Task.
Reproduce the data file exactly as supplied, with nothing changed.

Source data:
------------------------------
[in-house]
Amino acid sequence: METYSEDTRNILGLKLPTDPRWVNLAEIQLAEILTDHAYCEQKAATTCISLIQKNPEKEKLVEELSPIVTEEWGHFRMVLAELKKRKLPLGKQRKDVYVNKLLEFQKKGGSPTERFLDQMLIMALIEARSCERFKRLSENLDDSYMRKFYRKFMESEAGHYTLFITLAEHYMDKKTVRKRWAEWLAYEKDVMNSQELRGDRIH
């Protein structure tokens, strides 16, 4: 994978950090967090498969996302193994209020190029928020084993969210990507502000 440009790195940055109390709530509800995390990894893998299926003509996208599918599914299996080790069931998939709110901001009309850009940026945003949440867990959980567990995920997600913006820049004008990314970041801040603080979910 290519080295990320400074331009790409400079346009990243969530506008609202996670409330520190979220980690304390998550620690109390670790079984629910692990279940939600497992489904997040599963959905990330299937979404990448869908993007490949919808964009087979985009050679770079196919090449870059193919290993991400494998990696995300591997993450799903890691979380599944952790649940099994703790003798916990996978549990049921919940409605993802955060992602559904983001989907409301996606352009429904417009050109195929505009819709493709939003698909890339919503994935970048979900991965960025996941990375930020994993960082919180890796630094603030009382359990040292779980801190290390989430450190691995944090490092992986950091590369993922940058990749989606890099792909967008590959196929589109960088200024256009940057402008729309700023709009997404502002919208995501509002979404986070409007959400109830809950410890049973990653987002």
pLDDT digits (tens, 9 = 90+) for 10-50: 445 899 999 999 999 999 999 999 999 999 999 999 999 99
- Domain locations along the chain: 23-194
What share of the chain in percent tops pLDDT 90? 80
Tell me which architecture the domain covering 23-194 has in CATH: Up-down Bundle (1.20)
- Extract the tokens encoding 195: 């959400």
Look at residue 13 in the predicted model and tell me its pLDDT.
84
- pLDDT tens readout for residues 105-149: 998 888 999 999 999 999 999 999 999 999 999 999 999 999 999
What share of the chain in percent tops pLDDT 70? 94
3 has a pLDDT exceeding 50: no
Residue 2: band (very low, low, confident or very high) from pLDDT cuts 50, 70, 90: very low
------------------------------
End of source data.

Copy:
[in-house]
Amino acid sequence: METYSEDTRNILGLKLPTDPRWVNLAEIQLAEILTDHAYCEQKAATTCISLIQKNPEKEKLVEELSPIVTEEWGHFRMVLAELKKRKLPLGKQRKDVYVNKLLEFQKKGGSPTERFLDQMLIMALIEARSCERFKRLSENLDDSYMRKFYRKFMESEAGHYTLFITLAEHYMDKKTVRKRWAEWLAYEKDVMNSQELRGDRIH
């Protein structure tokens, strides 16, 4: 994978950090967090498969996302193994209020190029928020084993969210990507502000 440009790195940055109390709530509800995390990894893998299926003509996208599918599914299996080790069931998939709110901001009309850009940026945003949440867990959980567990995920997600913006820049004008990314970041801040603080979910 290519080295990320400074331009790409400079346009990243969530506008609202996670409330520190979220980690304390998550620690109390670790079984629910692990279940939600497992489904997040599963959905990330299937979404990448869908993007490949919808964009087979985009050679770079196919090449870059193919290993991400494998990696995300591997993450799903890691979380599944952790649940099994703790003798916990996978549990049921919940409605993802955060992602559904983001989907409301996606352009429904417009050109195929505009819709493709939003698909890339919503994935970048979900991965960025996941990375930020994993960082919180890796630094603030009382359990040292779980801190290390989430450190691995944090490092992986950091590369993922940058990749989606890099792909967008590959196929589109960088200024256009940057402008729309700023709009997404502002919208995501509002979404986070409007959400109830809950410890049973990653987002």
pLDDT digits (tens, 9 = 90+) for 10-50: 445 899 999 999 999 999 999 999 999 999 999 999 999 99
- Domain locations along the chain: 23-194
What share of the chain in percent tops pLDDT 90? 80
Tell me which architecture the domain covering 23-194 has in CATH: Up-down Bundle (1.20)
- Extract the tokens encoding 195: 């959400």
Look at residue 13 in the predicted model and tell me its pLDDT.
84
- pLDDT tens readout for residues 105-149: 998 888 999 999 999 999 999 999 999 999 999 999 999 999 999
What share of the chain in percent tops pLDDT 70? 94
3 has a pLDDT exceeding 50: no
Residue 2: band (very low, low, confident or very high) from pLDDT cuts 50, 70, 90: very low